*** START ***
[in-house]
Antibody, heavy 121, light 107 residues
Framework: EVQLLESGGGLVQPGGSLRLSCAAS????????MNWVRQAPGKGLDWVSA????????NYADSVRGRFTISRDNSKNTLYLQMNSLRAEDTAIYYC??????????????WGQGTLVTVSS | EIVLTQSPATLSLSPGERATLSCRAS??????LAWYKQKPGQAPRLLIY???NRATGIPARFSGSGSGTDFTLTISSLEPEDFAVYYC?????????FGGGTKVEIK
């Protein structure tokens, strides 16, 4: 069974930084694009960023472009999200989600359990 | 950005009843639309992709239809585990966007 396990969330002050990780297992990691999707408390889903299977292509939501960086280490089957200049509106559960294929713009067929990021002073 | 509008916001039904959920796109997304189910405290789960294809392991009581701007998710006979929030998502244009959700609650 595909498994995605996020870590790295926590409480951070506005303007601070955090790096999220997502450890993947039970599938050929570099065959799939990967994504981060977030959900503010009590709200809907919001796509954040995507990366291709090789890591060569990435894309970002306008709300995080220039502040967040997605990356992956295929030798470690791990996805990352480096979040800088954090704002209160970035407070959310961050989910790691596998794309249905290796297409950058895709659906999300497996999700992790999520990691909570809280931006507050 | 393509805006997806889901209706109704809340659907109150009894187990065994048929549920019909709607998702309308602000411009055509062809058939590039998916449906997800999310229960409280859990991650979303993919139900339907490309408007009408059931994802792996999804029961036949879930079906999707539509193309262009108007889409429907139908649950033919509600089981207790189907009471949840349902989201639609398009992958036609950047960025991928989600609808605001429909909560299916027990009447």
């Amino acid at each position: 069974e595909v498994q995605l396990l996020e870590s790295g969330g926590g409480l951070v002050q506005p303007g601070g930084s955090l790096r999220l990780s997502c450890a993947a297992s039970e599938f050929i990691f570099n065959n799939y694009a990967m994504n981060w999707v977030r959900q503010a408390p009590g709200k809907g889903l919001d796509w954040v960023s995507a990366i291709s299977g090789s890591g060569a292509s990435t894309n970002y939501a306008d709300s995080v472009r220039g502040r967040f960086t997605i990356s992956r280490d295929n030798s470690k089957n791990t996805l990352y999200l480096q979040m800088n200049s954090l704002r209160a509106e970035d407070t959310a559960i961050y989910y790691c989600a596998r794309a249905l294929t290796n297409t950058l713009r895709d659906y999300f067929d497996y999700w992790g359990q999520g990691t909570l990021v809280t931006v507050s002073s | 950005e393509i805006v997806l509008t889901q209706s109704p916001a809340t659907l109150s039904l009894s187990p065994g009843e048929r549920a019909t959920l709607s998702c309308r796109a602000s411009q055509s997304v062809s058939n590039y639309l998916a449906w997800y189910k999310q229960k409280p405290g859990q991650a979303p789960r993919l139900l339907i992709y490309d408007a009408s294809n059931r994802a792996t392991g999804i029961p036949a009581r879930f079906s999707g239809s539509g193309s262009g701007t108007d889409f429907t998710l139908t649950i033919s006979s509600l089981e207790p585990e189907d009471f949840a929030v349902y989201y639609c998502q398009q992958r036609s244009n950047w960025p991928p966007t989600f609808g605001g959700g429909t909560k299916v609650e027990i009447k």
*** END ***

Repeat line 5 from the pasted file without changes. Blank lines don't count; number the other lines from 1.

């Amino acid at each position: 069974e595909v498994q995605l396990l996020e870590s790295g969330g926590g409480l951070v002050q506005p303007g601070g930084s955090l790096r999220l990780s997502c450890a993947a297992s039970e599938f050929i990691f570099n065959n799939y694009a990967m994504n981060w999707v977030r959900q503010a408390p009590g709200k809907g889903l919001d796509w954040v960023s995507a990366i291709s299977g090789s890591g060569a292509s990435t894309n970002y939501a306008d709300s995080v472009r220039g502040r967040f960086t997605i990356s992956r280490d295929n030798s470690k089957n791990t996805l990352y999200l480096q979040m800088n200049s954090l704002r209160a509106e970035d407070t959310a559960i961050y989910y790691c989600a596998r794309a249905l294929t290796n297409t950058l713009r895709d659906y999300f067929d497996y999700w992790g359990q999520g990691t909570l990021v809280t931006v507050s002073s | 950005e393509i805006v997806l509008t889901q209706s109704p916001a809340t659907l109150s039904l009894s187990p065994g009843e048929r549920a019909t959920l709607s998702c309308r796109a602000s411009q055509s997304v062809s058939n590039y639309l998916a449906w997800y189910k999310q229960k409280p405290g859990q991650a979303p789960r993919l139900l339907i992709y490309d408007a009408s294809n059931r994802a792996t392991g999804i029961p036949a009581r879930f079906s999707g239809s539509g193309s262009g701007t108007d889409f429907t998710l139908t649950i033919s006979s509600l089981e207790p585990e189907d009471f949840a929030v349902y989201y639609c998502q398009q992958r036609s244009n950047w960025p991928p966007t989600f609808g605001g959700g429909t909560k299916v609650e027990i009447k």